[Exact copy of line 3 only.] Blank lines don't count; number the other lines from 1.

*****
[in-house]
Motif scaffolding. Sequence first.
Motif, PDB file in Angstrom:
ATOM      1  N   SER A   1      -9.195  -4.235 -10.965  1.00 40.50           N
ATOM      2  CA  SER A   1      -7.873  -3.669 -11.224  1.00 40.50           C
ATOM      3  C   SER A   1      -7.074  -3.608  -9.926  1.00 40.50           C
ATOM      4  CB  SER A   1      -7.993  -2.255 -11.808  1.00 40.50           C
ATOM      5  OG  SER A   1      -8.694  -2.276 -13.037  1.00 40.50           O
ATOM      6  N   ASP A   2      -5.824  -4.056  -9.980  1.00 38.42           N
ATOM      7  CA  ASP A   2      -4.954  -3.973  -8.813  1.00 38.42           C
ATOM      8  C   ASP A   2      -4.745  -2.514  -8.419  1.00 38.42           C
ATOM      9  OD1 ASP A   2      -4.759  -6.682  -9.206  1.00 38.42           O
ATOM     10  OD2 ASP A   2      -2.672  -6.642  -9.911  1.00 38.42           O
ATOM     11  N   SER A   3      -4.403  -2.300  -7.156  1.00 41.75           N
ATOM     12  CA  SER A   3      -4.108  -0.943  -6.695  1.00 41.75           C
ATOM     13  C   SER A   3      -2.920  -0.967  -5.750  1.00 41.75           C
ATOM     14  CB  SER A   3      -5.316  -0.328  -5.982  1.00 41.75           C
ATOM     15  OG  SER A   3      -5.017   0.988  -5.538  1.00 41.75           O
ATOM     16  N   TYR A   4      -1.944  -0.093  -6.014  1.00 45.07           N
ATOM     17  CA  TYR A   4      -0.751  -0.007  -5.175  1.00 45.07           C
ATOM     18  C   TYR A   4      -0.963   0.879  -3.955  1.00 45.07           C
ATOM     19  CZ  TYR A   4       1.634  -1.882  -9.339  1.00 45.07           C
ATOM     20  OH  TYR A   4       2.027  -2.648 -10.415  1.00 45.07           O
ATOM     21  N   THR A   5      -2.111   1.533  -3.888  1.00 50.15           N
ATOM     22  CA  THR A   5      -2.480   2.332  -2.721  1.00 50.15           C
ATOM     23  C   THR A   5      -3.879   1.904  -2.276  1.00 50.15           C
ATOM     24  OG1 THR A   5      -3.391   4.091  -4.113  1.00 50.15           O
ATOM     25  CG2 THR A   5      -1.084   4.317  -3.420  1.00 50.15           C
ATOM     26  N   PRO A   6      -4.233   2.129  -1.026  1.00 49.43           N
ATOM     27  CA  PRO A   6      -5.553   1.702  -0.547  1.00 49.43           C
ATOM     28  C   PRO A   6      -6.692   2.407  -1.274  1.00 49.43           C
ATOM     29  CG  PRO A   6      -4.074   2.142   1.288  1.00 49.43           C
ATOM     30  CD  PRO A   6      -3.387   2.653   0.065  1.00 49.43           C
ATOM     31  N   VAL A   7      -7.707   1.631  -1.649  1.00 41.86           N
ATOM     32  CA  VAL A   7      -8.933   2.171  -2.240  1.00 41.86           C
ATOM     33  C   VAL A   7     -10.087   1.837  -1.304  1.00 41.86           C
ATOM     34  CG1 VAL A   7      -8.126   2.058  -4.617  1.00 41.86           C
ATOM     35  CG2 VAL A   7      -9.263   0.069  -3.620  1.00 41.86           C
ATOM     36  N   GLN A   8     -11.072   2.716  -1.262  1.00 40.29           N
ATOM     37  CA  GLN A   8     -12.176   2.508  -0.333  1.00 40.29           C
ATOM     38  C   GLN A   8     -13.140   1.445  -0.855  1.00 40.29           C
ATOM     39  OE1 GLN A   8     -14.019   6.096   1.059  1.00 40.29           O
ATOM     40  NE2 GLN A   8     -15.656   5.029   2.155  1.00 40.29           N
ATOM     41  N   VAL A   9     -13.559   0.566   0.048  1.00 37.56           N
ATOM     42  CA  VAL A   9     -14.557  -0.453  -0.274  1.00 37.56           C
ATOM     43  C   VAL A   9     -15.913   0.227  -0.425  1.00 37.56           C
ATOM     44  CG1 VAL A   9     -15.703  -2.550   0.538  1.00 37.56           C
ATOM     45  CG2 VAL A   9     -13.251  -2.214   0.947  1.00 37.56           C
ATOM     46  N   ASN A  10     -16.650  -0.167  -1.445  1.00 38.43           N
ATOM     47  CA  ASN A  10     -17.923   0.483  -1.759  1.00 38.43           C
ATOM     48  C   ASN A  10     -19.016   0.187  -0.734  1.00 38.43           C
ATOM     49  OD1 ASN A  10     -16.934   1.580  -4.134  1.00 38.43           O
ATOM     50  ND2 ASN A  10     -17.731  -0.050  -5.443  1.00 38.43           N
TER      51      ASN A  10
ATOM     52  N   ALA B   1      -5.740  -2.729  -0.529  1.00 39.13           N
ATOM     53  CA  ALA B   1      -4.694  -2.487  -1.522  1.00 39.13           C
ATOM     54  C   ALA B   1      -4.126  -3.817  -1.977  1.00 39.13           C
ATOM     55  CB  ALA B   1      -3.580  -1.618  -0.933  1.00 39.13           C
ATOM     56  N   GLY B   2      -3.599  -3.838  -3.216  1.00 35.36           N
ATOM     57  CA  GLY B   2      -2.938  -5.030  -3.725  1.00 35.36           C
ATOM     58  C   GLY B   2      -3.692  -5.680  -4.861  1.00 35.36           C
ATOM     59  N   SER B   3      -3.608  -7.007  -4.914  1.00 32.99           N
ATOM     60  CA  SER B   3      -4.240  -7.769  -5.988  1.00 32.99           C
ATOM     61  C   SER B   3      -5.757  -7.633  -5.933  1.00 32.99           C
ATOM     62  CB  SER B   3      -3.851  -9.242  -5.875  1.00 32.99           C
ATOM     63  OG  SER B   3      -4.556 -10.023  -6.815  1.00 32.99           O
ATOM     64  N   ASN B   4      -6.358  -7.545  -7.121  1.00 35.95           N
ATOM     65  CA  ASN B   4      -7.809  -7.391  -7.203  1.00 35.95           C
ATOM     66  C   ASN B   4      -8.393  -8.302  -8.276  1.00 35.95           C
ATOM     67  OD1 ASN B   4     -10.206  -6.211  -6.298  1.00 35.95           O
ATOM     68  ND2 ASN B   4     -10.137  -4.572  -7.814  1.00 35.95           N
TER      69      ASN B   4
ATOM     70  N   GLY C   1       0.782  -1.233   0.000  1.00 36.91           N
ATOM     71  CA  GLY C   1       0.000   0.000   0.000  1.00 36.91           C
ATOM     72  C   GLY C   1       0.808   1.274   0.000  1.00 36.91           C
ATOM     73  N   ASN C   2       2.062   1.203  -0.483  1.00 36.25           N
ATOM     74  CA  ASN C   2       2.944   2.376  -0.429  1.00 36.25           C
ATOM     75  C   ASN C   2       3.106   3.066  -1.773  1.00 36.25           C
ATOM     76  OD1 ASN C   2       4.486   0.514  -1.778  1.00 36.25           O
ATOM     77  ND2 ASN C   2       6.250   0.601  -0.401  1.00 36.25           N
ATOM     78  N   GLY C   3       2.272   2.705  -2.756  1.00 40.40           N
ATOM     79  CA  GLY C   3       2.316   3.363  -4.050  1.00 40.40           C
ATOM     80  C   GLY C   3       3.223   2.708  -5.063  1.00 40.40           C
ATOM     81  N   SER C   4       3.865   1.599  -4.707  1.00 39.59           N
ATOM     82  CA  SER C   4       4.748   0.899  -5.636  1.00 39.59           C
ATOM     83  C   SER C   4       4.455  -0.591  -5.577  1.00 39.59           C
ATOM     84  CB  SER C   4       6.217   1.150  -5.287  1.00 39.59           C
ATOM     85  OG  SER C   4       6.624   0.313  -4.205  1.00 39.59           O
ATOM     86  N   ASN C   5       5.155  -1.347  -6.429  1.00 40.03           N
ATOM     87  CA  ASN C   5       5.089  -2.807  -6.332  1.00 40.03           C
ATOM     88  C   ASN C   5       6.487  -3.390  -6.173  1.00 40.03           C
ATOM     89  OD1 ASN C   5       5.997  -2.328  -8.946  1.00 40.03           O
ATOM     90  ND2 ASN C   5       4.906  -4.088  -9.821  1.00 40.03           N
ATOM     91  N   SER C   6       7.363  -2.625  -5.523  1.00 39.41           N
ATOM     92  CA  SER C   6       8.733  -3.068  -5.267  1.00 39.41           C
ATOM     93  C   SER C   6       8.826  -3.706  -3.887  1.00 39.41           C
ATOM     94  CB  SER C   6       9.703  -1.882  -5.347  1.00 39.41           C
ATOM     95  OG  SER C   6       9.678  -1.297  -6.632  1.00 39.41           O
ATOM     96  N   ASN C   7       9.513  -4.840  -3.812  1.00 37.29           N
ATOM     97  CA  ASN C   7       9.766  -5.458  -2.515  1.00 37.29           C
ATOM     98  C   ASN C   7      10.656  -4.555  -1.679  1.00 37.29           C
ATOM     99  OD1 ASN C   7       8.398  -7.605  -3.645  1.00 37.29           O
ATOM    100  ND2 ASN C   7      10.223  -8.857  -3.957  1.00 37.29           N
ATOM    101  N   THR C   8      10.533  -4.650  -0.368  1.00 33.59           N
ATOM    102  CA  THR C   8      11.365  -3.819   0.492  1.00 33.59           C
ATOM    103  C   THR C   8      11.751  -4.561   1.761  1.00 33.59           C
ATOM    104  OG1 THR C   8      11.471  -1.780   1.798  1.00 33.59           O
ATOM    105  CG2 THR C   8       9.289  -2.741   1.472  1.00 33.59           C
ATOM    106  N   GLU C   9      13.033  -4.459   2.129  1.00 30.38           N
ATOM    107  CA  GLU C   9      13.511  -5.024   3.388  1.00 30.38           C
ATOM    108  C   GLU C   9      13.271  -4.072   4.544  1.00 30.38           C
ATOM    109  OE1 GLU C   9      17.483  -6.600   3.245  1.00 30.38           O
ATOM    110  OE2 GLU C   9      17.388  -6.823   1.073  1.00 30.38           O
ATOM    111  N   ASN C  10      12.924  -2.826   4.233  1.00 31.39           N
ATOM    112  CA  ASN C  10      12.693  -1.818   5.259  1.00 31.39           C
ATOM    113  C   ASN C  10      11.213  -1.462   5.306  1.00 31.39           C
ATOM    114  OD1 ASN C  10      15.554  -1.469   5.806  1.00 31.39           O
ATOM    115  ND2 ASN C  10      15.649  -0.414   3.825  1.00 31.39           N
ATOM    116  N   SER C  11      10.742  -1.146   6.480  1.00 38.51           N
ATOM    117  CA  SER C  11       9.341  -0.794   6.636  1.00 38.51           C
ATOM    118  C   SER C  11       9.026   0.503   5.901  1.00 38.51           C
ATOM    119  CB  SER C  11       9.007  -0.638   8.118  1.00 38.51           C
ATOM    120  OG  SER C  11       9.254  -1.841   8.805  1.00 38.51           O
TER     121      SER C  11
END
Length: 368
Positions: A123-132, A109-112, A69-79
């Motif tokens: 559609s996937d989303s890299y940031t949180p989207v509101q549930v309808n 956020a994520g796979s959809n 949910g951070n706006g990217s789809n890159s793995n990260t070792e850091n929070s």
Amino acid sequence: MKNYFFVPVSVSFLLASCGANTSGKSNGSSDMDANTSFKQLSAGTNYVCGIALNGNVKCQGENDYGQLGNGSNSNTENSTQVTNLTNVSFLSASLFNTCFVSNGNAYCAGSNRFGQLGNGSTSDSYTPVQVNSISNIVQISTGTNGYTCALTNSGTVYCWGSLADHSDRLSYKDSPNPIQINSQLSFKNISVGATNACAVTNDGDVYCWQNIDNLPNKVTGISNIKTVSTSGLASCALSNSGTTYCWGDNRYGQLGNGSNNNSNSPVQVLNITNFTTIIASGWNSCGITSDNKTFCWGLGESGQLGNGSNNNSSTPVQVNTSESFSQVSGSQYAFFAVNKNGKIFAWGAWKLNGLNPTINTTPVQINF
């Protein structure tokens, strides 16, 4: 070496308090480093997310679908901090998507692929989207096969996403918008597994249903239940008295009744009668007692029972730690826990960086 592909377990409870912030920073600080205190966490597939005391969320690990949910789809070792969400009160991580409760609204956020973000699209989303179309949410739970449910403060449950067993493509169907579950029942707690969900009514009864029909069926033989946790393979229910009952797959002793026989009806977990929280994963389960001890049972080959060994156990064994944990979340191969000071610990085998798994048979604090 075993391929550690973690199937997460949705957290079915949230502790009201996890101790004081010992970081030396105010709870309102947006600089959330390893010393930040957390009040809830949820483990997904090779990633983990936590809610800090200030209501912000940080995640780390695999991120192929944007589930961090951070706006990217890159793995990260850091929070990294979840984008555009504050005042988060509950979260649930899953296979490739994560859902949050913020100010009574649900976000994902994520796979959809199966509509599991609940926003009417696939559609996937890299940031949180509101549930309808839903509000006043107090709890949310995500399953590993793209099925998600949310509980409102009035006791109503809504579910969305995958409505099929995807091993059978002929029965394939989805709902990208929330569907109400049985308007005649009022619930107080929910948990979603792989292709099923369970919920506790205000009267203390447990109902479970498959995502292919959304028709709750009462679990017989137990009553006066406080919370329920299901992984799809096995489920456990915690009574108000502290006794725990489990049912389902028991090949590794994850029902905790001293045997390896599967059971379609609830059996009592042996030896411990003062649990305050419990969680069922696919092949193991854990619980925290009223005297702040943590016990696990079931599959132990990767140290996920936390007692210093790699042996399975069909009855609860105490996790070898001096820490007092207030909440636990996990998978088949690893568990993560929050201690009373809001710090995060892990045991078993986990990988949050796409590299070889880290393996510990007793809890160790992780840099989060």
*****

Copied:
Motif, PDB file in Angstrom: